On 18 August 1947, the American magazine Life carried a photograph of BS Kesavan, who would soon become the first national librarian of newly independent India. Captured by the photojournalist David Douglas Duncan, the image shows Kesavan, a young man with his hand buried in his hair, sitting at a table between two large stacks of books. The stack on the left is topped by a white placard that says “PAKISTAN,” while one atop the other says “INDIA.” The caption reads, “In the Imperial Secretariat Library, a curator tries to divide a 150,000-volume collection into equal parts for each new state.” In August of 1997, Time magazine—by then Life’s parent publication—reprinted the image in a commemorative issue for the fiftieth anniversary of Indian independence.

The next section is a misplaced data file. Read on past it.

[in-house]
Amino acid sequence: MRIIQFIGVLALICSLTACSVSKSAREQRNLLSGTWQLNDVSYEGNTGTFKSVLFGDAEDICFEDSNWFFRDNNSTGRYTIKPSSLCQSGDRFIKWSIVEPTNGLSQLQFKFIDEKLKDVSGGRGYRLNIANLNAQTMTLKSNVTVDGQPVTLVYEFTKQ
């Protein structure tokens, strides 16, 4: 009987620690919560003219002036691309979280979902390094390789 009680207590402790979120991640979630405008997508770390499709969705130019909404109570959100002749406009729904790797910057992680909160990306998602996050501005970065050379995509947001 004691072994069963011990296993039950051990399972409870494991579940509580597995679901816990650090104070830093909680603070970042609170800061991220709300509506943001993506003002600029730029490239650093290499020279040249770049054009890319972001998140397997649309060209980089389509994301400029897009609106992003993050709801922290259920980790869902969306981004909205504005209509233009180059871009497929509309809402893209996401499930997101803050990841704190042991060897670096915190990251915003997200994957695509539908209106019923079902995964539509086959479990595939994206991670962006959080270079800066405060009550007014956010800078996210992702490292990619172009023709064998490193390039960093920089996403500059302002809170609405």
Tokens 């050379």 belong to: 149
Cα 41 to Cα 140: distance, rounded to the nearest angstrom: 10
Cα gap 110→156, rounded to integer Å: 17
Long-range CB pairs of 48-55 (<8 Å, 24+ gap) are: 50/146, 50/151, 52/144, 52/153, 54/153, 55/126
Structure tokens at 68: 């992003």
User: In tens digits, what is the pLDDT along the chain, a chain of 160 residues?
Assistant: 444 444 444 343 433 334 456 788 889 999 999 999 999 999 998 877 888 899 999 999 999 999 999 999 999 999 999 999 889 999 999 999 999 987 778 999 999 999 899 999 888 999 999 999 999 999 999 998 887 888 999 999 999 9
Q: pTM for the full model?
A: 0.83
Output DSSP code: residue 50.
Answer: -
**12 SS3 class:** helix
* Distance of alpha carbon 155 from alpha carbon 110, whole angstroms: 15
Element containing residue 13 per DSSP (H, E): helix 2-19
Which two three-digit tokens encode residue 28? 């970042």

The photo has been the subject of considerable confusion. In recent years it has gained prominence on the internet, where it is often incorrectly described as having been taken in the National Library, in Kolkata—not the Imperial Secretariat Library, which is in Delhi, and is now called the Central Secretariat Library. When I contacted the Central Secretariat Library, Y Avanindranath Rao, an information officer, confirmed that the photograph was taken in the library, in 1947. BS Kesavan’s son, the academic and essayist Mukul Kesavan, confirmed to me that his father was a curator there at the time.